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Do We Owe Everything to Volcanoes?

September 5, 2007
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A rise in oxygen levels around 2.5 billion years ago may have occurred after a massive tectonic shift forced many submerged volcanoes above water, a new study says.

These above-ground volcanoes, such as the Piton de La Fournaise volcano on the island of La Réunion (above, erupting in April 2007) stopped spewing oxygen-destroying chemicals into the air—allowing vital ingredients for complex life to build up.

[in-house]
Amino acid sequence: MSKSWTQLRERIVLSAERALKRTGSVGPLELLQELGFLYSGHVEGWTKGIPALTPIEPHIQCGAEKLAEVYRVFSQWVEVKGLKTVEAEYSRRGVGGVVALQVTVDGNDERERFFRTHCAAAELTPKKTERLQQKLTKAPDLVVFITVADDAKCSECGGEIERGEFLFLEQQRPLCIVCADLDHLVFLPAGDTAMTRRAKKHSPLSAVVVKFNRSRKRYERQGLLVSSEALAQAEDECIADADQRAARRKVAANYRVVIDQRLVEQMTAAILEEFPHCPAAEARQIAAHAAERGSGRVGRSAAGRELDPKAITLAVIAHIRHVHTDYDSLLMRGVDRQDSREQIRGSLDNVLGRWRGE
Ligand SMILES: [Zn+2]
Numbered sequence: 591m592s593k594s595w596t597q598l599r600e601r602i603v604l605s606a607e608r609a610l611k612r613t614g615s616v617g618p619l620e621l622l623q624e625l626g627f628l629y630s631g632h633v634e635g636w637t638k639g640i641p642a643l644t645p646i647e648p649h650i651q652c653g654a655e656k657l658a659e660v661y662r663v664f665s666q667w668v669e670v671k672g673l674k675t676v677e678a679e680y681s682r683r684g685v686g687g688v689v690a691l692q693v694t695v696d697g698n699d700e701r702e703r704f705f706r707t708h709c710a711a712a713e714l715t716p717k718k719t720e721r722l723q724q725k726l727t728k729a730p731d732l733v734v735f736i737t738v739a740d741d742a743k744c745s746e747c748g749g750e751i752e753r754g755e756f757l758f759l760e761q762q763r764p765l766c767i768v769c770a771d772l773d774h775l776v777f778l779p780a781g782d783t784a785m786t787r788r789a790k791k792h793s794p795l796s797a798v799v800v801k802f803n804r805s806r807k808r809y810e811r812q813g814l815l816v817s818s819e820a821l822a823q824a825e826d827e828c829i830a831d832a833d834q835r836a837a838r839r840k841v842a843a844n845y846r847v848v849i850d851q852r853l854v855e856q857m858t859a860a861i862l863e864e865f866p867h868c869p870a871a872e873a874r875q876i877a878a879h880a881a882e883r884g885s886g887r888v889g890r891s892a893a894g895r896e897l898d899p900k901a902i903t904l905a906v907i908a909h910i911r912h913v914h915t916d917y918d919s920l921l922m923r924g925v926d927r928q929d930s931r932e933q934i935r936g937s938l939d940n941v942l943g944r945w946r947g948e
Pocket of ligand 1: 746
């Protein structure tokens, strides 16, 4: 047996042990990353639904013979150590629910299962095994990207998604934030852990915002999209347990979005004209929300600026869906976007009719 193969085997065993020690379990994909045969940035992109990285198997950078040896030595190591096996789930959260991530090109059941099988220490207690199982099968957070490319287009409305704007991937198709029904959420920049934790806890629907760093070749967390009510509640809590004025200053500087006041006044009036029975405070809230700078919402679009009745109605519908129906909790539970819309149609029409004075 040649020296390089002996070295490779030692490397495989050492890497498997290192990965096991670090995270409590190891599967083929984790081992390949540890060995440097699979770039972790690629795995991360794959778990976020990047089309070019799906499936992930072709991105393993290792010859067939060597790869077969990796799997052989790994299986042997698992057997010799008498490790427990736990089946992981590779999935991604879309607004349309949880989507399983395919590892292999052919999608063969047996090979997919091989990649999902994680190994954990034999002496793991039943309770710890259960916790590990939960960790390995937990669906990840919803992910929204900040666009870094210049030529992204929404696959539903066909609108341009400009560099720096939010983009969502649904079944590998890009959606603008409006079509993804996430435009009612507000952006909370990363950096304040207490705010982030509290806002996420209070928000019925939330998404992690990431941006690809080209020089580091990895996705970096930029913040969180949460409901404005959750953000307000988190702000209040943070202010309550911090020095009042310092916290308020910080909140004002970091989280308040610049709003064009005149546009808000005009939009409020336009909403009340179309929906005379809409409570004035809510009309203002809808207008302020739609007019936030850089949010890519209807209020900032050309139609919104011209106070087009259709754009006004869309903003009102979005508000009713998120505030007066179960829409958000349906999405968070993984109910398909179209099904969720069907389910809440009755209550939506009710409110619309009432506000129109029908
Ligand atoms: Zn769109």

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At that time, Earth’s early atmosphere wasn’t fit to breathe. Filled with nitrogen, carbon dioxide, and sulfurous fumes, the air would have left humans gasping.

These noxious fumes held a clamp on evolution: Complex life didn’t really get going until the planet’s skies began to fill with oxygen, allowing more efficient methods of extracting energy from nutrients.

Submerged volcanoes spew a different set of gases than those that erupt into the air.

Magma from aerial volcanoes, on the other hand, stays hot and releases gases like carbon dioxide
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